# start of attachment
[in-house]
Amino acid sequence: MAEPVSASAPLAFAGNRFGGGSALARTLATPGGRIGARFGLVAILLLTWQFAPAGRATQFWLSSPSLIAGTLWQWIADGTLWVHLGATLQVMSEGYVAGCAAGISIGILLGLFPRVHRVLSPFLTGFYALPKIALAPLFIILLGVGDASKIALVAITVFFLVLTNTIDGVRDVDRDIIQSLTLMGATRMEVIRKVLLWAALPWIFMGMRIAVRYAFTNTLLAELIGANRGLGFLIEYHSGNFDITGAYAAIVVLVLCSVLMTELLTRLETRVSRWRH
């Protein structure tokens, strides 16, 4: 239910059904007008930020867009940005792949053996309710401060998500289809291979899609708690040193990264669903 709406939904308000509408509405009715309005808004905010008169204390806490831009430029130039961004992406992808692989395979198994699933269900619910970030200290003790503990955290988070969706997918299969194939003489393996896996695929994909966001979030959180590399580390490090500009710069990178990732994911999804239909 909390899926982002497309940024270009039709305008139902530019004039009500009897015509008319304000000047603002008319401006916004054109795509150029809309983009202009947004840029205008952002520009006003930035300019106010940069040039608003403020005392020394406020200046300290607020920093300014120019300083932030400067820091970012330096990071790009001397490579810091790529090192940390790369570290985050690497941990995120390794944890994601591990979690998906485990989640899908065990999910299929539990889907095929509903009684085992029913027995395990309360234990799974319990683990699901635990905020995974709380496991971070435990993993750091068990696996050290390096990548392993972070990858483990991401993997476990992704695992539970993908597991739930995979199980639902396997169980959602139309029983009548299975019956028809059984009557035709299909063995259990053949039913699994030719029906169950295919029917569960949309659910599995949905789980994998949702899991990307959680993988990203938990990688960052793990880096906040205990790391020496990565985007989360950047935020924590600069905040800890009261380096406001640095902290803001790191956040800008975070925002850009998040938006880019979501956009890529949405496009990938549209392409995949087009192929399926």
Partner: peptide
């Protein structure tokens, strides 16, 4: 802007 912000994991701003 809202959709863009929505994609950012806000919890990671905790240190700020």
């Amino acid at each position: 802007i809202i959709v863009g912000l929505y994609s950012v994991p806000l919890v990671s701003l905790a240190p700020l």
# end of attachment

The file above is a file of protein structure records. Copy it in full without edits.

[in-house]
Amino acid sequence: MAEPVSASAPLAFAGNRFGGGSALARTLATPGGRIGARFGLVAILLLTWQFAPAGRATQFWLSSPSLIAGTLWQWIADGTLWVHLGATLQVMSEGYVAGCAAGISIGILLGLFPRVHRVLSPFLTGFYALPKIALAPLFIILLGVGDASKIALVAITVFFLVLTNTIDGVRDVDRDIIQSLTLMGATRMEVIRKVLLWAALPWIFMGMRIAVRYAFTNTLLAELIGANRGLGFLIEYHSGNFDITGAYAAIVVLVLCSVLMTELLTRLETRVSRWRH
């Protein structure tokens, strides 16, 4: 239910059904007008930020867009940005792949053996309710401060998500289809291979899609708690040193990264669903 709406939904308000509408509405009715309005808004905010008169204390806490831009430029130039961004992406992808692989395979198994699933269900619910970030200290003790503990955290988070969706997918299969194939003489393996896996695929994909966001979030959180590399580390490090500009710069990178990732994911999804239909 909390899926982002497309940024270009039709305008139902530019004039009500009897015509008319304000000047603002008319401006916004054109795509150029809309983009202009947004840029205008952002520009006003930035300019106010940069040039608003403020005392020394406020200046300290607020920093300014120019300083932030400067820091970012330096990071790009001397490579810091790529090192940390790369570290985050690497941990995120390794944890994601591990979690998906485990989640899908065990999910299929539990889907095929509903009684085992029913027995395990309360234990799974319990683990699901635990905020995974709380496991971070435990993993750091068990696996050290390096990548392993972070990858483990991401993997476990992704695992539970993908597991739930995979199980639902396997169980959602139309029983009548299975019956028809059984009557035709299909063995259990053949039913699994030719029906169950295919029917569960949309659910599995949905789980994998949702899991990307959680993988990203938990990688960052793990880096906040205990790391020496990565985007989360950047935020924590600069905040800890009261380096406001640095902290803001790191956040800008975070925002850009998040938006880019979501956009890529949405496009990938549209392409995949087009192929399926």
Partner: peptide
């Protein structure tokens, strides 16, 4: 802007 912000994991701003 809202959709863009929505994609950012806000919890990671905790240190700020």
């Amino acid at each position: 802007i809202i959709v863009g912000l929505y994609s950012v994991p806000l919890v990671s701003l905790a240190p700020l």